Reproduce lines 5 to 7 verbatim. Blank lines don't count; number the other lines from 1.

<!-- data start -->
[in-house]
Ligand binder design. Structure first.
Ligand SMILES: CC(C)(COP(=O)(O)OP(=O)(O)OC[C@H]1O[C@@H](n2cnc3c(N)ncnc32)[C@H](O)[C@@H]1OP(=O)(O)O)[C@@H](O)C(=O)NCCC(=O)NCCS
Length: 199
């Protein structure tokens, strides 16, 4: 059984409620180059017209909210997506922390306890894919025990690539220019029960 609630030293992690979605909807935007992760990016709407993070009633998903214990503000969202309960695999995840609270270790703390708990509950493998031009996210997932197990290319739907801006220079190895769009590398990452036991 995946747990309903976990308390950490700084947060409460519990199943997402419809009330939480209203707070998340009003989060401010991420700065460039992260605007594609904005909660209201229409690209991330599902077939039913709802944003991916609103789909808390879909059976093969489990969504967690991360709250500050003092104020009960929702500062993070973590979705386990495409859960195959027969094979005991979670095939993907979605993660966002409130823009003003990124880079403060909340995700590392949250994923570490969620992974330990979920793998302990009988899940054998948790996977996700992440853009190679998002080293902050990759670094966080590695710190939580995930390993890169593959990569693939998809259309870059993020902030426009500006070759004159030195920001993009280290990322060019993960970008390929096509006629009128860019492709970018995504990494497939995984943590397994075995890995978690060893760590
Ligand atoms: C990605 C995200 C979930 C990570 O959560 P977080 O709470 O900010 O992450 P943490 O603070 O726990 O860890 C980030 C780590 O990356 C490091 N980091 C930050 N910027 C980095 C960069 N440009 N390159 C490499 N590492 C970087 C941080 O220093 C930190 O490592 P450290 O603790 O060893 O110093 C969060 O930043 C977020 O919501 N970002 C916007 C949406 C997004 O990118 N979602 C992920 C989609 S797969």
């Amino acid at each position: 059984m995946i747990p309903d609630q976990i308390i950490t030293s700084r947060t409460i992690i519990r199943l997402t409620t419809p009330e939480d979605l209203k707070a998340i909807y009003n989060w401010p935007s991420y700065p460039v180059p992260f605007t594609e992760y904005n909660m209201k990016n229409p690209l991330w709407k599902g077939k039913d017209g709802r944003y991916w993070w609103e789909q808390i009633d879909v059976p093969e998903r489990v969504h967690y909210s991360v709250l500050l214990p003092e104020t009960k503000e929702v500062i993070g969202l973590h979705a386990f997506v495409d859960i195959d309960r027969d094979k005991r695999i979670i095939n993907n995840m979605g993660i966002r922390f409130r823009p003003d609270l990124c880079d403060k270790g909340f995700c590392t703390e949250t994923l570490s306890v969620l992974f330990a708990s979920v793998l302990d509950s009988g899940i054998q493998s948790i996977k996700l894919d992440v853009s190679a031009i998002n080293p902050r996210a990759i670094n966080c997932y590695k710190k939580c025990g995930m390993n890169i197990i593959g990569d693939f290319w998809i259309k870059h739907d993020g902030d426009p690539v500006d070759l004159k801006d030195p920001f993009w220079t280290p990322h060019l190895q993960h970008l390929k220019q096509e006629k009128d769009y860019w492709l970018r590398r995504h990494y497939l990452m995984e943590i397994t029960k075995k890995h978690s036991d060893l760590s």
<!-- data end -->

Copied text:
């Protein structure tokens, strides 16, 4: 059984409620180059017209909210997506922390306890894919025990690539220019029960 609630030293992690979605909807935007992760990016709407993070009633998903214990503000969202309960695999995840609270270790703390708990509950493998031009996210997932197990290319739907801006220079190895769009590398990452036991 995946747990309903976990308390950490700084947060409460519990199943997402419809009330939480209203707070998340009003989060401010991420700065460039992260605007594609904005909660209201229409690209991330599902077939039913709802944003991916609103789909808390879909059976093969489990969504967690991360709250500050003092104020009960929702500062993070973590979705386990495409859960195959027969094979005991979670095939993907979605993660966002409130823009003003990124880079403060909340995700590392949250994923570490969620992974330990979920793998302990009988899940054998948790996977996700992440853009190679998002080293902050990759670094966080590695710190939580995930390993890169593959990569693939998809259309870059993020902030426009500006070759004159030195920001993009280290990322060019993960970008390929096509006629009128860019492709970018995504990494497939995984943590397994075995890995978690060893760590
Ligand atoms: C990605 C995200 C979930 C990570 O959560 P977080 O709470 O900010 O992450 P943490 O603070 O726990 O860890 C980030 C780590 O990356 C490091 N980091 C930050 N910027 C980095 C960069 N440009 N390159 C490499 N590492 C970087 C941080 O220093 C930190 O490592 P450290 O603790 O060893 O110093 C969060 O930043 C977020 O919501 N970002 C916007 C949406 C997004 O990118 N979602 C992920 C989609 S797969």
């Amino acid at each position: 059984m995946i747990p309903d609630q976990i308390i950490t030293s700084r947060t409460i992690i519990r199943l997402t409620t419809p009330e939480d979605l209203k707070a998340i909807y009003n989060w401010p935007s991420y700065p460039v180059p992260f605007t594609e992760y904005n909660m209201k990016n229409p690209l991330w709407k599902g077939k039913d017209g709802r944003y991916w993070w609103e789909q808390i009633d879909v059976p093969e998903r489990v969504h967690y909210s991360v709250l500050l214990p003092e104020t009960k503000e929702v500062i993070g969202l973590h979705a386990f997506v495409d859960i195959d309960r027969d094979k005991r695999i979670i095939n993907n995840m979605g993660i966002r922390f409130r823009p003003d609270l990124c880079d403060k270790g909340f995700c590392t703390e949250t994923l570490s306890v969620l992974f330990a708990s979920v793998l302990d509950s009988g899940i054998q493998s948790i996977k996700l894919d992440v853009s190679a031009i998002n080293p902050r996210a990759i670094n966080c997932y590695k710190k939580c025990g995930m390993n890169i197990i593959g990569d693939f290319w998809i259309k870059h739907d993020g902030d426009p690539v500006d070759l004159k801006d030195p920001f993009w220079t280290p990322h060019l190895q993960h970008l390929k220019q096509e006629k009128d769009y860019w492709l970018r590398r995504h990494y497939l990452m995984e943590i397994t029960k075995k890995h978690s036991d060893l760590s």